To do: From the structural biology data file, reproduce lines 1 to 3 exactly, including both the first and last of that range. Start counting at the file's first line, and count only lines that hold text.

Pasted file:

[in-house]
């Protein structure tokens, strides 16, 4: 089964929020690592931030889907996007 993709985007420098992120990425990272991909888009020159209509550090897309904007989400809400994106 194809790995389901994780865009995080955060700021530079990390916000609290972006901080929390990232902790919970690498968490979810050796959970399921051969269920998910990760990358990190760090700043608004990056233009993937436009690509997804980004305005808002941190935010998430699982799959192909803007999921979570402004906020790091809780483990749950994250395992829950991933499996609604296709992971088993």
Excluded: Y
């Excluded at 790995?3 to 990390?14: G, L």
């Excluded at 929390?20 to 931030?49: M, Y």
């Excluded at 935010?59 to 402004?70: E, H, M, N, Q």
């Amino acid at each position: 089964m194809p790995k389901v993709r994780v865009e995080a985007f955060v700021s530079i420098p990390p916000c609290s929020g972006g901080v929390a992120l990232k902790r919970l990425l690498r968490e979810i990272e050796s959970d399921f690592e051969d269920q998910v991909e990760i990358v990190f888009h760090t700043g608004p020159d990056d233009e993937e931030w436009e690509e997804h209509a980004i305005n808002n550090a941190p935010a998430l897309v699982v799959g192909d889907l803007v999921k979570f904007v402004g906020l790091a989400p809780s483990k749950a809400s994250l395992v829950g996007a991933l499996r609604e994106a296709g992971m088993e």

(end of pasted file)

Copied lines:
[in-house]
């Protein structure tokens, strides 16, 4: 089964929020690592931030889907996007 993709985007420098992120990425990272991909888009020159209509550090897309904007989400809400994106 194809790995389901994780865009995080955060700021530079990390916000609290972006901080929390990232902790919970690498968490979810050796959970399921051969269920998910990760990358990190760090700043608004990056233009993937436009690509997804980004305005808002941190935010998430699982799959192909803007999921979570402004906020790091809780483990749950994250395992829950991933499996609604296709992971088993």
Excluded: Y